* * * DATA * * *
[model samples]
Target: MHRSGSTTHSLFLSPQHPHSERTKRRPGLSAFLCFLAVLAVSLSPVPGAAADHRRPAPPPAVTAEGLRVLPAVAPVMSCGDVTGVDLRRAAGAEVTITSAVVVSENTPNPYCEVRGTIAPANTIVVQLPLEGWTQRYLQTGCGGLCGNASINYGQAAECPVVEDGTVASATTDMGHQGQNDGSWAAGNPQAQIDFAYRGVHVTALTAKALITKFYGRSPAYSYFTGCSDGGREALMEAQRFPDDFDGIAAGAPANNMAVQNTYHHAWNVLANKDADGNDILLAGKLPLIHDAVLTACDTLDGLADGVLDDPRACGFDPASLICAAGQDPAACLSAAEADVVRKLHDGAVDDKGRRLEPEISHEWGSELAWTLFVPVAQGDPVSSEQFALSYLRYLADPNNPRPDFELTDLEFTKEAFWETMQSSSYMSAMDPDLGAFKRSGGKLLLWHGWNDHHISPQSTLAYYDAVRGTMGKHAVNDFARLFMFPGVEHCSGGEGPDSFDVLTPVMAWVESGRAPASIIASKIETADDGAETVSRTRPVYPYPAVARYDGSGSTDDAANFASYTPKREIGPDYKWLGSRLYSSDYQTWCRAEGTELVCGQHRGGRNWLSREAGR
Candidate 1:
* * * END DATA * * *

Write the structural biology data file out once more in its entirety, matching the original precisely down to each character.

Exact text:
[model samples]
Target: MHRSGSTTHSLFLSPQHPHSERTKRRPGLSAFLCFLAVLAVSLSPVPGAAADHRRPAPPPAVTAEGLRVLPAVAPVMSCGDVTGVDLRRAAGAEVTITSAVVVSENTPNPYCEVRGTIAPANTIVVQLPLEGWTQRYLQTGCGGLCGNASINYGQAAECPVVEDGTVASATTDMGHQGQNDGSWAAGNPQAQIDFAYRGVHVTALTAKALITKFYGRSPAYSYFTGCSDGGREALMEAQRFPDDFDGIAAGAPANNMAVQNTYHHAWNVLANKDADGNDILLAGKLPLIHDAVLTACDTLDGLADGVLDDPRACGFDPASLICAAGQDPAACLSAAEADVVRKLHDGAVDDKGRRLEPEISHEWGSELAWTLFVPVAQGDPVSSEQFALSYLRYLADPNNPRPDFELTDLEFTKEAFWETMQSSSYMSAMDPDLGAFKRSGGKLLLWHGWNDHHISPQSTLAYYDAVRGTMGKHAVNDFARLFMFPGVEHCSGGEGPDSFDVLTPVMAWVESGRAPASIIASKIETADDGAETVSRTRPVYPYPAVARYDGSGSTDDAANFASYTPKREIGPDYKWLGSRLYSSDYQTWCRAEGTELVCGQHRGGRNWLSREAGR
Candidate 1: